NEO BANKSIDE

This residential scheme lies in the heart of the Bankside area of London, located close to the River Thames and directly opposite the west entrance to Tate Modern and its new extension.
Cities: LONDON
Countries: UNITED KINGDOM
Categories: HOUSING
Date: 2012
NEO Bankside comprises 217 residential units in four buildings ranging from 12 to 24 storeys. These four hexagonal pavilions have been arranged to provide residents with generous accommodation, stunning views and maximum daylight. The steel and glass pavilions take their cues from the immediate context. 
A generous public realm is created which is animated by retail at ground level. Landscaped groves define two clear public routes through the site which extend the existing landscape from the riverside gardens outside Tate Modern through to Southwark Street and will act as a catalyst for creating a lively and vibrant environment around the base of the buildings throughout the year. 
The overall design hints at the former industrial heritage of the area during the 19th and 20th centuries, responding in a contemporary language which reinterprets the colouration and materials of the local architectural character. The oxide reds of the Winter Gardens echo those of Tate Modern and nearby Blackfriars Bridge, while the exterior’s timber clad panels and window louvres give the building a warm, residential feeling. 
The pavilions’ distinctive external bracing system has removed the need for internal structural walls and created highly flexible spaces inside the apartments. Located outside of the cladding plane as a distinct and legible system the bracing gives a greater richness and depth to the façade and provides a scaling device which helps unify the micro scale of the cladding with the macro scale of the buildings. Interestingly, the dramatic appearance of the bracing and nodes has become a selling point, with many buyers requesting apartments with nodes outside their windows.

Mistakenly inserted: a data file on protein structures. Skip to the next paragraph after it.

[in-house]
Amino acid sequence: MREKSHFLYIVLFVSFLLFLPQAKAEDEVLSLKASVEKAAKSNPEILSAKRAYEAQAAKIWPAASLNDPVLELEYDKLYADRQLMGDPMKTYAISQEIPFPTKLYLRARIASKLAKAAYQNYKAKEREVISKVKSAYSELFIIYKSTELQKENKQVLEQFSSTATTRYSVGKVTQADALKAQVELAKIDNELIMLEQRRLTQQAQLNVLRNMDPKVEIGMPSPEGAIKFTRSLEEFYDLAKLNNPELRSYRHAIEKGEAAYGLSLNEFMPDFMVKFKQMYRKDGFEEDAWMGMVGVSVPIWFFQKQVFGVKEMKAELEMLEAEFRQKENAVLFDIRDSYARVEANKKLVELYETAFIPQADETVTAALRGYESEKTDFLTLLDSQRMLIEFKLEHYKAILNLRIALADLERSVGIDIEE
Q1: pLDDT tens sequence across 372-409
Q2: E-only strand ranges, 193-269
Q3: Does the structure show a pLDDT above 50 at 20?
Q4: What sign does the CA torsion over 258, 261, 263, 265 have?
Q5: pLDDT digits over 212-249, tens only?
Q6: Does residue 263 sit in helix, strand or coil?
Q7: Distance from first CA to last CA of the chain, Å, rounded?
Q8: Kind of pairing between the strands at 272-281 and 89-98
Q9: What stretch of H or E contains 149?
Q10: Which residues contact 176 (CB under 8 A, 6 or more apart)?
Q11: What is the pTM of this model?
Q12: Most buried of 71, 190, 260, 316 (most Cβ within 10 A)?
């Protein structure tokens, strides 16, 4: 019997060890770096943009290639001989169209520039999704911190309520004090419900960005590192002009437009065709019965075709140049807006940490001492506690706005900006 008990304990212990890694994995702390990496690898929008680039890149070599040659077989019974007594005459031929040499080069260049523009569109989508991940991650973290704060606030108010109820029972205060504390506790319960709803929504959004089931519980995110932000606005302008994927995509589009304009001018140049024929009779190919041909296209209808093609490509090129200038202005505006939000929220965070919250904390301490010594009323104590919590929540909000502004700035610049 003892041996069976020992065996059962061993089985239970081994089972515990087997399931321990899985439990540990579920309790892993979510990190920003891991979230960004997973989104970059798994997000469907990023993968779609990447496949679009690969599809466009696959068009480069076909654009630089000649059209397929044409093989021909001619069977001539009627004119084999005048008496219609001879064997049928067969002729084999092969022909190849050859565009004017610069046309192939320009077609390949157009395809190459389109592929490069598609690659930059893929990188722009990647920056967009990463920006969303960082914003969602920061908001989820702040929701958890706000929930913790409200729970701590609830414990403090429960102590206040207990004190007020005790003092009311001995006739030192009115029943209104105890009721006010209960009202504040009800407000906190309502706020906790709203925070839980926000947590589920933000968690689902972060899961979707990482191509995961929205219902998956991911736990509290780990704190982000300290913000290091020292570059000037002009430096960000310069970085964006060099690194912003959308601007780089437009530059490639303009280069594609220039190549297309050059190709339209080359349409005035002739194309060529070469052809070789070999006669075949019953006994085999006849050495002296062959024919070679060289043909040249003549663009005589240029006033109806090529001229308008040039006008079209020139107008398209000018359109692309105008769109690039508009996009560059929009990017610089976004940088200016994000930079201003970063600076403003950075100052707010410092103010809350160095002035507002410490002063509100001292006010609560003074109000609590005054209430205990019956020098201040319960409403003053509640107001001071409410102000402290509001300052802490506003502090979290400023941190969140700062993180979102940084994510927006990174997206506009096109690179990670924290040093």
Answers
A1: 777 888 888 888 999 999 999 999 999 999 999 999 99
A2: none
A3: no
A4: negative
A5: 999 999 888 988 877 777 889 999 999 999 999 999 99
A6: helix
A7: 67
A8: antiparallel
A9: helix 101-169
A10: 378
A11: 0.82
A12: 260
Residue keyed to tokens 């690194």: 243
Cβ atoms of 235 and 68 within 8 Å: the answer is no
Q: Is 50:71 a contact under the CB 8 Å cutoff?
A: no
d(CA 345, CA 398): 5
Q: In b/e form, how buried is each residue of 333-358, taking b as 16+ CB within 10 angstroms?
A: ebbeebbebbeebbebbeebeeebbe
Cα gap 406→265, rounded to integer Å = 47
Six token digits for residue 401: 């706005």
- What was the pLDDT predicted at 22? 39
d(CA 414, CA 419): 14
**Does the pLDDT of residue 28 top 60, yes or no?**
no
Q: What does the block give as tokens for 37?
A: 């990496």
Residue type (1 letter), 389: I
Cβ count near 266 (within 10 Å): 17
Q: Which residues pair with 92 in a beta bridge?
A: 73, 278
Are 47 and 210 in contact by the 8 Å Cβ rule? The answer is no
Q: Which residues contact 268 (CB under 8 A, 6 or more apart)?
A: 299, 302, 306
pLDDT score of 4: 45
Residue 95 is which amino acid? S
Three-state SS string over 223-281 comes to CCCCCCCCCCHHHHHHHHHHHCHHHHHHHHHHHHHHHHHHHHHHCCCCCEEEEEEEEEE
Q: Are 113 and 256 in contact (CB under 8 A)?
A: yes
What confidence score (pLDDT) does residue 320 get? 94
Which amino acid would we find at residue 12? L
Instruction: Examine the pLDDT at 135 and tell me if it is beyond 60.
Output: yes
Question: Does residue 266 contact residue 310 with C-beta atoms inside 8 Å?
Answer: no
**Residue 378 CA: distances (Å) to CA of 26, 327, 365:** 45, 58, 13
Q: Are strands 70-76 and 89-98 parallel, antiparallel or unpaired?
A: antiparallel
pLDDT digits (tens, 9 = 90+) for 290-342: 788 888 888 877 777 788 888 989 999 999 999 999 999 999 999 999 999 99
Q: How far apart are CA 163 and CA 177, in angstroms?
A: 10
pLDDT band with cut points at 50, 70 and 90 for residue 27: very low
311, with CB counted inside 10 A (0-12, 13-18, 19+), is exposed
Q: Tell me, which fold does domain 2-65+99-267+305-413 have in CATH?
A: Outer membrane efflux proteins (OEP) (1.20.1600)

Winter gardens are enclosed, single-glazed balconies at the north and south ends of each building, suspended from the main structure on a lightweight deck with large sliding screens. They act both as enclosed terraces and additions to the interior living space. The gardens effectively create ‘prows’ and are expressed as exposed steel decks suspended from the main floor plates on a system of props and hangers. Glazed lift towers provide all occupants with great views of London and the river, and a dynamic expression of the vertical circulation on the eastern side of each building. 

Photo credits: Rogers Stirk Harbour + Partners, Edmund Sumner
1776 Projects